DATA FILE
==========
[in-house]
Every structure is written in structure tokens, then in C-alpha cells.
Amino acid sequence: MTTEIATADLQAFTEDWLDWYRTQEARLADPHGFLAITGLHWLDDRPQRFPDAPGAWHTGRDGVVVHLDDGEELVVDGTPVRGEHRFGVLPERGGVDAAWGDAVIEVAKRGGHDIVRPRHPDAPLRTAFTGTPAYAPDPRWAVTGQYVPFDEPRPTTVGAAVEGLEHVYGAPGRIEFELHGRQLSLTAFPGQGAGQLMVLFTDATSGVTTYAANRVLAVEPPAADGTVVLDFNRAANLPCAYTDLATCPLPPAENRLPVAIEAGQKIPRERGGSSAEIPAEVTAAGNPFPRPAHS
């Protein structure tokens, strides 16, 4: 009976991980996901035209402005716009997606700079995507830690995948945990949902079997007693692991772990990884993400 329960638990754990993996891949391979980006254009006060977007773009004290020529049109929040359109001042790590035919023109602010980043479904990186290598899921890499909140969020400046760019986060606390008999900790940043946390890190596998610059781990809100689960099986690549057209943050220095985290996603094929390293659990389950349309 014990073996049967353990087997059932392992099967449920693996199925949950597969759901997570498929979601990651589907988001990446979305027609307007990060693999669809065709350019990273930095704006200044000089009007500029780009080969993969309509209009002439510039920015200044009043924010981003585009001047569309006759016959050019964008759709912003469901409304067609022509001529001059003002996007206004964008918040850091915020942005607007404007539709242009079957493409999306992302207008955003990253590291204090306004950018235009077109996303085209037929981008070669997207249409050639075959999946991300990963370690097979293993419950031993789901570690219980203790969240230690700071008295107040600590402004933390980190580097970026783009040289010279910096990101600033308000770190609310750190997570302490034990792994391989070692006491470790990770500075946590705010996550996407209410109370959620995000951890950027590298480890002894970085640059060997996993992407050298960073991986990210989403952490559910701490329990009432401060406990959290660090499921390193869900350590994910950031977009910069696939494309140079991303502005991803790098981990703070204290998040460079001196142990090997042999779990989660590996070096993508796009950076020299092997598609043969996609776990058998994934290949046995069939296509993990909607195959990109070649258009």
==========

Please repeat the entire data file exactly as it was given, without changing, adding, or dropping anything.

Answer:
[in-house]
Every structure is written in structure tokens, then in C-alpha cells.
Amino acid sequence: MTTEIATADLQAFTEDWLDWYRTQEARLADPHGFLAITGLHWLDDRPQRFPDAPGAWHTGRDGVVVHLDDGEELVVDGTPVRGEHRFGVLPERGGVDAAWGDAVIEVAKRGGHDIVRPRHPDAPLRTAFTGTPAYAPDPRWAVTGQYVPFDEPRPTTVGAAVEGLEHVYGAPGRIEFELHGRQLSLTAFPGQGAGQLMVLFTDATSGVTTYAANRVLAVEPPAADGTVVLDFNRAANLPCAYTDLATCPLPPAENRLPVAIEAGQKIPRERGGSSAEIPAEVTAAGNPFPRPAHS
């Protein structure tokens, strides 16, 4: 009976991980996901035209402005716009997606700079995507830690995948945990949902079997007693692991772990990884993400 329960638990754990993996891949391979980006254009006060977007773009004290020529049109929040359109001042790590035919023109602010980043479904990186290598899921890499909140969020400046760019986060606390008999900790940043946390890190596998610059781990809100689960099986690549057209943050220095985290996603094929390293659990389950349309 014990073996049967353990087997059932392992099967449920693996199925949950597969759901997570498929979601990651589907988001990446979305027609307007990060693999669809065709350019990273930095704006200044000089009007500029780009080969993969309509209009002439510039920015200044009043924010981003585009001047569309006759016959050019964008759709912003469901409304067609022509001529001059003002996007206004964008918040850091915020942005607007404007539709242009079957493409999306992302207008955003990253590291204090306004950018235009077109996303085209037929981008070669997207249409050639075959999946991300990963370690097979293993419950031993789901570690219980203790969240230690700071008295107040600590402004933390980190580097970026783009040289010279910096990101600033308000770190609310750190997570302490034990792994391989070692006491470790990770500075946590705010996550996407209410109370959620995000951890950027590298480890002894970085640059060997996993992407050298960073991986990210989403952490559910701490329990009432401060406990959290660090499921390193869900350590994910950031977009910069696939494309140079991303502005991803790098981990703070204290998040460079001196142990090997042999779990989660590996070096993508796009950076020299092997598609043969996609776990058998994934290949046995069939296509993990909607195959990109070649258009």